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Exhaustion is a Major Barrier to Collaboration Adoption


Technology is constantly evolving.  As technologists we look for ways to use technology to improve business processes for our stakeholders.  So often we evaluate and deploy technology that "of course" is better then what was there before.  Why is it then that the adoption rate within our enterprise is often a challenge?  Why is it other times the adoption rate is almost instant as users push for new technology ahead of IT?

The answer may be in the results of a fascinating study on self control.  Through this study it has been determined that self control is finite and can be depleted.  Dan Heath talks about the study and what it means for those who find their self control being taxed by certain activities.


A point made during the study, which is most relevant to the adoption of new technologies, is "In almost all change situations, you're substituting new, unfamiliar behaviors for old, comfortable ones, and that burns self-control.".  As new technologies are introduced to users and incorporated into business processes they are often quite different in the way they operate.  The UIs may be different, access to the applications may be through different paths, and in some cases the processes themselves may be reengineered to enable the use of these new applications.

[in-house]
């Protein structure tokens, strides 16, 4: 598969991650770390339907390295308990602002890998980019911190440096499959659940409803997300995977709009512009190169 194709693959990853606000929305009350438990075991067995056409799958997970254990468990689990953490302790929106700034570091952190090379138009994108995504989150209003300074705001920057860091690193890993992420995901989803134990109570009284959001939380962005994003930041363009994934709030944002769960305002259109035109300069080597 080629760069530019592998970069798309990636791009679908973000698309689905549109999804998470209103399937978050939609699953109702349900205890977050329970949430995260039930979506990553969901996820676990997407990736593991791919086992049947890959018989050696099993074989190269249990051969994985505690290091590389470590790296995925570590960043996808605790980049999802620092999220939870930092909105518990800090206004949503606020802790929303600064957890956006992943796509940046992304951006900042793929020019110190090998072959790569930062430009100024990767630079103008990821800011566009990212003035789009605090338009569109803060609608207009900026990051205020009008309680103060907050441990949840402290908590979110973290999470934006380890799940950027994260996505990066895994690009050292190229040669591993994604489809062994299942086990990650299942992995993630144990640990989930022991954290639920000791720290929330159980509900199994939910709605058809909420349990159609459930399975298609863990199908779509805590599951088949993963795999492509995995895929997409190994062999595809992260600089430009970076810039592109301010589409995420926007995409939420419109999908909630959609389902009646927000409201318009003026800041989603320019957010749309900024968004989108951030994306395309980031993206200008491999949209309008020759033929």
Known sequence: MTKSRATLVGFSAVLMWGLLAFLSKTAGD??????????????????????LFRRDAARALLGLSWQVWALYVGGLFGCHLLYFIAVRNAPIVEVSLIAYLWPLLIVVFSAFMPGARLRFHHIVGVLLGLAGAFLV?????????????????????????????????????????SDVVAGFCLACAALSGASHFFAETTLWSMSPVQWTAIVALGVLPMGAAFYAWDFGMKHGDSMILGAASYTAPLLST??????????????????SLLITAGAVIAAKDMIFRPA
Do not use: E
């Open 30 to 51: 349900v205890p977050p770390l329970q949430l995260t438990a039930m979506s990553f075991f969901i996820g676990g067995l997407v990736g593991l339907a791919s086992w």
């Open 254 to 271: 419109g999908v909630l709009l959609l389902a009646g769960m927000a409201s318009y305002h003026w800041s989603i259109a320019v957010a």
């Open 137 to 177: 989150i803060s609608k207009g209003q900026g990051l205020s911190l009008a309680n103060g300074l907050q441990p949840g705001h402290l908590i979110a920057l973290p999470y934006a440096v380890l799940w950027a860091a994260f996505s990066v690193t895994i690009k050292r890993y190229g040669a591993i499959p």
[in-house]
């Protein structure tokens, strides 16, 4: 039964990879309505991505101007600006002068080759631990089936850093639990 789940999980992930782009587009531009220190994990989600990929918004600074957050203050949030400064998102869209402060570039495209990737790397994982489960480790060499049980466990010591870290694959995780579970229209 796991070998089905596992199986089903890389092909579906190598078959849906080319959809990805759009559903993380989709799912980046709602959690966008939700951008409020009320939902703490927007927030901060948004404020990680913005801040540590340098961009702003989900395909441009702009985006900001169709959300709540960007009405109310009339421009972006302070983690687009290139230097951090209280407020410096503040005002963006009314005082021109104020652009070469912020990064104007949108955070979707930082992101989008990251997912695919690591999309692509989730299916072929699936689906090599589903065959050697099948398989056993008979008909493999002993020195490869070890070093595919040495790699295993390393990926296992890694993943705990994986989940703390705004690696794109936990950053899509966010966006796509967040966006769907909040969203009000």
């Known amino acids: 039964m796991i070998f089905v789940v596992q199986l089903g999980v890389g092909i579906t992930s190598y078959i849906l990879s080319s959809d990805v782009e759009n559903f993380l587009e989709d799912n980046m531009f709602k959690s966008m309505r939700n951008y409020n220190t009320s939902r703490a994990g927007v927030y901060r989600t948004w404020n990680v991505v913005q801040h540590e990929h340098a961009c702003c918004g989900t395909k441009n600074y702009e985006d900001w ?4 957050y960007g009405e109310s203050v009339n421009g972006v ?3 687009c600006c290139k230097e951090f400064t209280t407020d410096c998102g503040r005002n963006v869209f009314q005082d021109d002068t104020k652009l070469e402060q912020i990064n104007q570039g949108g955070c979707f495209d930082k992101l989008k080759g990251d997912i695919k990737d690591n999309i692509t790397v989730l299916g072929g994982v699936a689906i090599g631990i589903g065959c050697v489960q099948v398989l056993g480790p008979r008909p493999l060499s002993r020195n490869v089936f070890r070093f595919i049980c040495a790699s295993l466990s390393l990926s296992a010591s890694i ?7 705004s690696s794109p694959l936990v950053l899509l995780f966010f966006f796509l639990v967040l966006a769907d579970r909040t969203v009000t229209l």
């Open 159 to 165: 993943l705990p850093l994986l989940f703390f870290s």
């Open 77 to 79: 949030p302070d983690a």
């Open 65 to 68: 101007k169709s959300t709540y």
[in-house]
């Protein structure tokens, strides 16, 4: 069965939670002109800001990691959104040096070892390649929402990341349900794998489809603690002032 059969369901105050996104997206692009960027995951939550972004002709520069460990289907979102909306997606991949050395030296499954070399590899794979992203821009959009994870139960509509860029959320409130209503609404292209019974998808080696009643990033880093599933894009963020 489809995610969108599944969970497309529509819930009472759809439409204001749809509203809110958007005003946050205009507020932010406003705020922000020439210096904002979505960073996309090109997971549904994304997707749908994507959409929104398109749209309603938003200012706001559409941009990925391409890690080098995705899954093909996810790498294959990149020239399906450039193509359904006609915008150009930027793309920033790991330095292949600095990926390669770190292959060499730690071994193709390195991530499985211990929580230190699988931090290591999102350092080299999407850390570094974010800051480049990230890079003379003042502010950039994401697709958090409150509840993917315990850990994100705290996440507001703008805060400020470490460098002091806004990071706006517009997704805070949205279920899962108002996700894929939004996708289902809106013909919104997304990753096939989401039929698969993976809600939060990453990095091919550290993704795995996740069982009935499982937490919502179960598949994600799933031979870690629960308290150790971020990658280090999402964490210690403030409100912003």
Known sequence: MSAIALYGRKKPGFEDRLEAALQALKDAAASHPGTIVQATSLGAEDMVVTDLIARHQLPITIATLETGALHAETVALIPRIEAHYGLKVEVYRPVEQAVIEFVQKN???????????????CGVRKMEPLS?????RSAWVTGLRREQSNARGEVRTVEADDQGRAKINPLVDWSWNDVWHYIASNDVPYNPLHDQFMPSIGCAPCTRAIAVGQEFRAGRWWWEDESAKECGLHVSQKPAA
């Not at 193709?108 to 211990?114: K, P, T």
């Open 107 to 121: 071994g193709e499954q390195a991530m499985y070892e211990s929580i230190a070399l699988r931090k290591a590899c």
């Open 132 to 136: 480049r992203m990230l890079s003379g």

Proposed changes to a set of routines may be fully agreed to by the users, they will understand why changes were made and the benefits of using new routines and incorporating new technologies, but they need to be conscious of the changes and be aware of implementing the new steps involved.  Through force of habit and simple mental exhaustion, people will revert back to the old way of doing things.

Sometimes however, we see new technologies and processes implemented, but adoption takes off as if second nature to the users.  Through the results of this study we've learned that any change that requires a level of self checking and self control leads to mental exhaustion.  Why is it that some changes have a long adoption curve while others do not?  I believe this has to do with the consumerization of IT.  Today we see users leading the adoption of technology ahead of IT.  So, when IT deploys a new technology that people have been using in their personal lives for some time, they quickly adopt and integrate into their professional processes.

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